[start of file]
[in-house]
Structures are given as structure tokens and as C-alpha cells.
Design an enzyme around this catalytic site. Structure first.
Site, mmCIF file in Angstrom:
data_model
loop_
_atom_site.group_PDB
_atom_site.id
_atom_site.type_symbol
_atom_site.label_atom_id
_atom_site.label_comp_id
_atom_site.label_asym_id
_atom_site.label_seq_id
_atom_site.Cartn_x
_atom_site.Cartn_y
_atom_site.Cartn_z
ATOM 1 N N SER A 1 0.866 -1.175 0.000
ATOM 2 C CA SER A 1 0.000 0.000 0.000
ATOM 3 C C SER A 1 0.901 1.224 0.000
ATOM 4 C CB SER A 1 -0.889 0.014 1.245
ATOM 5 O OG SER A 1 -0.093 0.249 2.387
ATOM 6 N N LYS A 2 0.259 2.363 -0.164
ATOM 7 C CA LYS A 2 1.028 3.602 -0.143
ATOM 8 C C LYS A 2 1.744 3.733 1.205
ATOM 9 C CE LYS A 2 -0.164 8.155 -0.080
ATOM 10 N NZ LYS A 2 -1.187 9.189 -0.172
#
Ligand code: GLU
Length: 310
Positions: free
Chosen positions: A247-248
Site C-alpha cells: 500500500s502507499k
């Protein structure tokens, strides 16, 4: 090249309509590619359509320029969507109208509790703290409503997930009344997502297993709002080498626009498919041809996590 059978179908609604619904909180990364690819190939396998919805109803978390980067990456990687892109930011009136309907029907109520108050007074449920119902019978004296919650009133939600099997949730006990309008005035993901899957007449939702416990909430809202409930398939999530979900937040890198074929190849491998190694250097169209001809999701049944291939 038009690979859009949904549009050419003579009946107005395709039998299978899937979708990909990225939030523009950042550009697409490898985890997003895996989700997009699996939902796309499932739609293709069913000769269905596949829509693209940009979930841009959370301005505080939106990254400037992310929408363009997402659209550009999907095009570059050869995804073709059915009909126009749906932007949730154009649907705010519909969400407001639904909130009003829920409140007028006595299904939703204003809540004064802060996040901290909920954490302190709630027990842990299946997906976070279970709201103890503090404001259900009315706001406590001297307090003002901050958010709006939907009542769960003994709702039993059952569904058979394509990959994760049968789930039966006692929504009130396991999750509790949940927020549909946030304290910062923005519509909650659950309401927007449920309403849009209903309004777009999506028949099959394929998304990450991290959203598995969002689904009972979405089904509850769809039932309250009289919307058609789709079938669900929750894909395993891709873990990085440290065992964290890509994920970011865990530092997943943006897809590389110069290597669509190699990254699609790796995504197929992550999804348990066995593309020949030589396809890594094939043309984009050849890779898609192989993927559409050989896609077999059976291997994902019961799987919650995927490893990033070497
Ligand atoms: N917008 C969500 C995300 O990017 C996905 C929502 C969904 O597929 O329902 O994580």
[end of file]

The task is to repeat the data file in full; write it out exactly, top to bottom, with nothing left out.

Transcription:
[in-house]
Structures are given as structure tokens and as C-alpha cells.
Design an enzyme around this catalytic site. Structure first.
Site, mmCIF file in Angstrom:
data_model
loop_
_atom_site.group_PDB
_atom_site.id
_atom_site.type_symbol
_atom_site.label_atom_id
_atom_site.label_comp_id
_atom_site.label_asym_id
_atom_site.label_seq_id
_atom_site.Cartn_x
_atom_site.Cartn_y
_atom_site.Cartn_z
ATOM 1 N N SER A 1 0.866 -1.175 0.000
ATOM 2 C CA SER A 1 0.000 0.000 0.000
ATOM 3 C C SER A 1 0.901 1.224 0.000
ATOM 4 C CB SER A 1 -0.889 0.014 1.245
ATOM 5 O OG SER A 1 -0.093 0.249 2.387
ATOM 6 N N LYS A 2 0.259 2.363 -0.164
ATOM 7 C CA LYS A 2 1.028 3.602 -0.143
ATOM 8 C C LYS A 2 1.744 3.733 1.205
ATOM 9 C CE LYS A 2 -0.164 8.155 -0.080
ATOM 10 N NZ LYS A 2 -1.187 9.189 -0.172
#
Ligand code: GLU
Length: 310
Positions: free
Chosen positions: A247-248
Site C-alpha cells: 500500500s502507499k
């Protein structure tokens, strides 16, 4: 090249309509590619359509320029969507109208509790703290409503997930009344997502297993709002080498626009498919041809996590 059978179908609604619904909180990364690819190939396998919805109803978390980067990456990687892109930011009136309907029907109520108050007074449920119902019978004296919650009133939600099997949730006990309008005035993901899957007449939702416990909430809202409930398939999530979900937040890198074929190849491998190694250097169209001809999701049944291939 038009690979859009949904549009050419003579009946107005395709039998299978899937979708990909990225939030523009950042550009697409490898985890997003895996989700997009699996939902796309499932739609293709069913000769269905596949829509693209940009979930841009959370301005505080939106990254400037992310929408363009997402659209550009999907095009570059050869995804073709059915009909126009749906932007949730154009649907705010519909969400407001639904909130009003829920409140007028006595299904939703204003809540004064802060996040901290909920954490302190709630027990842990299946997906976070279970709201103890503090404001259900009315706001406590001297307090003002901050958010709006939907009542769960003994709702039993059952569904058979394509990959994760049968789930039966006692929504009130396991999750509790949940927020549909946030304290910062923005519509909650659950309401927007449920309403849009209903309004777009999506028949099959394929998304990450991290959203598995969002689904009972979405089904509850769809039932309250009289919307058609789709079938669900929750894909395993891709873990990085440290065992964290890509994920970011865990530092997943943006897809590389110069290597669509190699990254699609790796995504197929992550999804348990066995593309020949030589396809890594094939043309984009050849890779898609192989993927559409050989896609077999059976291997994902019961799987919650995927490893990033070497
Ligand atoms: N917008 C969500 C995300 O990017 C996905 C929502 C969904 O597929 O329902 O994580």